6. Saran-wrapping the camera is a great way to protect it from gloppy blood, but it makes it next to impossible to monitor from the camera’s viewfinder.
  7. Blaine Cade can act.
  8. Shooting in Big Bear promotes weight loss. I lost 12 LBS. (I’m back to my fighting weight now.)
  9. A little money can go a long way, but a micro-budget feature is still a micro-budget feature. I think our little movie looks pretty groovy, but nobody’s gonna mistake it for Tom Cruise’s latest. Maybe Tom Wopat’s.
  10. Supposed “easy days" are the ones that kill you.
  11. I’m lucky charms lucky to know the people I do. A movie is not made by one man alone. I’d have nothing without my friends, cast, crew and producers. 

Saturday, December 4, 2010

Kontrolled Film Screening at the BHERC Film Fest


Remember to tell your Friends and Family to come out Dec 11th and , 12th to watch some of the top short films in L.A. this year including yours truly's "Kontrolled". Tickets are just $10 bucks for two hours worth of shows and $25 for a whole day! so come out and have some fun , network and enjoy the world of film!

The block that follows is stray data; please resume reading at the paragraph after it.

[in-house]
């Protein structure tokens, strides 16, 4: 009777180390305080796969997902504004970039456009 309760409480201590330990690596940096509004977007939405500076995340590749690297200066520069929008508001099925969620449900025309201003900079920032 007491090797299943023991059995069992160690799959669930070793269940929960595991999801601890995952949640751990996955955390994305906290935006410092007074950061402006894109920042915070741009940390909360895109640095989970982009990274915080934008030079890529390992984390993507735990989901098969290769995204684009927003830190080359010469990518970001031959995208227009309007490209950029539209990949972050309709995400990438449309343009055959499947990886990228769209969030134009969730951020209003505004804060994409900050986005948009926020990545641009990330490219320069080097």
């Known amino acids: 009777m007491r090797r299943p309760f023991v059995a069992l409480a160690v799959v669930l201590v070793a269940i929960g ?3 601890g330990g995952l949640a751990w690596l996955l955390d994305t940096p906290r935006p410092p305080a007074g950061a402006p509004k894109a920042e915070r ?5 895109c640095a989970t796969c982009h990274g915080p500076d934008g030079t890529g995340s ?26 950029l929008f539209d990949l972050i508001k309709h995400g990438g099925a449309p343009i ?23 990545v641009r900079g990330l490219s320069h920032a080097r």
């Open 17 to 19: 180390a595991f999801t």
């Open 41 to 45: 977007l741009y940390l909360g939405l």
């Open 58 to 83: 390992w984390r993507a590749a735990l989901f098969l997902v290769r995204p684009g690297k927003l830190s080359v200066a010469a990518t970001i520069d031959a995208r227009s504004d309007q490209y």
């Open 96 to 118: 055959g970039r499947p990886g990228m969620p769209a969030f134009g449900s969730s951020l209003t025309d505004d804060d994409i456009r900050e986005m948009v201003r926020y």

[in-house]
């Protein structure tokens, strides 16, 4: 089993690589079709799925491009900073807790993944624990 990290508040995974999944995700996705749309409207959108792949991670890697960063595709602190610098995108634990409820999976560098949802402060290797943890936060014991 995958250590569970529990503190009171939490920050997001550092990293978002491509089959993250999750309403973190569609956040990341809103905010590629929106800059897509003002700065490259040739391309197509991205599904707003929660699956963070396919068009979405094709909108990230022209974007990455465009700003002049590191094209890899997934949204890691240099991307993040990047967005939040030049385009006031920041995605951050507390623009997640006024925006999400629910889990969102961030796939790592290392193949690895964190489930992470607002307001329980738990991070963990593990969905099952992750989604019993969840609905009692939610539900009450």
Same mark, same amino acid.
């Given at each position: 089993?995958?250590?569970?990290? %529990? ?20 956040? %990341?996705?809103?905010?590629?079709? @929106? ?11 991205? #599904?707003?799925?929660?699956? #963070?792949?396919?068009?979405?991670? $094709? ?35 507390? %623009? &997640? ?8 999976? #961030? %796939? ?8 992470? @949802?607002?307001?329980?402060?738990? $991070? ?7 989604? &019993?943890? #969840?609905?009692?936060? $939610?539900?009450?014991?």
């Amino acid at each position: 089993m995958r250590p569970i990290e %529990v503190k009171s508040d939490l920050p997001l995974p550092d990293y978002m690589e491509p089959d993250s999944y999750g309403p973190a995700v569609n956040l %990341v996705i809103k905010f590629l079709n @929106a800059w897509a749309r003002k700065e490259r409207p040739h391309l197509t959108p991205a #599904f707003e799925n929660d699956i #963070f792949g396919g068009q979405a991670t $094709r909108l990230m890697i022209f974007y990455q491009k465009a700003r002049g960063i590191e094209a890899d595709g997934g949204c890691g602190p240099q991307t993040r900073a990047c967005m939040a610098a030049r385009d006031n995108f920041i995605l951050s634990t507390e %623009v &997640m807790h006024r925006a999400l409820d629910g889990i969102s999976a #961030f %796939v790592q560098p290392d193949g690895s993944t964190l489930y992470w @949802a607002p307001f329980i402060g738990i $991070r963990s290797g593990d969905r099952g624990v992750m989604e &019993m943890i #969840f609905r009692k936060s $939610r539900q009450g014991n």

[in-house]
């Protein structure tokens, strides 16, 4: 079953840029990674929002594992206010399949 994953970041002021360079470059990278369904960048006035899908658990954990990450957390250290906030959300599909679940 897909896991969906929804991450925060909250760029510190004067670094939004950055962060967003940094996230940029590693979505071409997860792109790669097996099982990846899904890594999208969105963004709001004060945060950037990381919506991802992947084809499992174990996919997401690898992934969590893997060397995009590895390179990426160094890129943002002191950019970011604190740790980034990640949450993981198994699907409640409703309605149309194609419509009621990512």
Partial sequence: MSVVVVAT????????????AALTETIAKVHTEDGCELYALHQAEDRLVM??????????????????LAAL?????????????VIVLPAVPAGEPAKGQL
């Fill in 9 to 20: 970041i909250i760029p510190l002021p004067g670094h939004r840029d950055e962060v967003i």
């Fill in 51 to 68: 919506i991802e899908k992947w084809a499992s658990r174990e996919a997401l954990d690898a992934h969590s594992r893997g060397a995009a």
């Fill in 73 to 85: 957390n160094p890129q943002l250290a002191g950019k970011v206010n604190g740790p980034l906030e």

Raleigh Studios
5300 Melrose Avenue Los Angeles

Cutting Monsters: Week 9



Gearing up for some pick up shots. I spent most of the week scouring both the rough-cut and raw footage making note of every possible pick up we can get with the location, cast and crew still available. I will be able to paste in a few crucial pieces in order to make the movie a little better. The main pieces missing are from the 1st section of the massacre. We shot it in 3 different locations over the course of 4 weeks. I missed a few pieces of coverage at the outset. I’m also reshooting a scene or two in order to cut down on some overused profanity (mostly from improv).

I’ll also get a little more screen. At least my hand will as I hand double for Ashton, while Linda or Annemarie double for Claudia for a small insert shot.

I’ve started to separate the audio tracks for sound mixing. I’ll continue this after the cut is locked (in aprox. 2 weeks). I’ve recorded all my cameraman vo’s and will catch Blaine, Linda and Eddie’s ADR on set.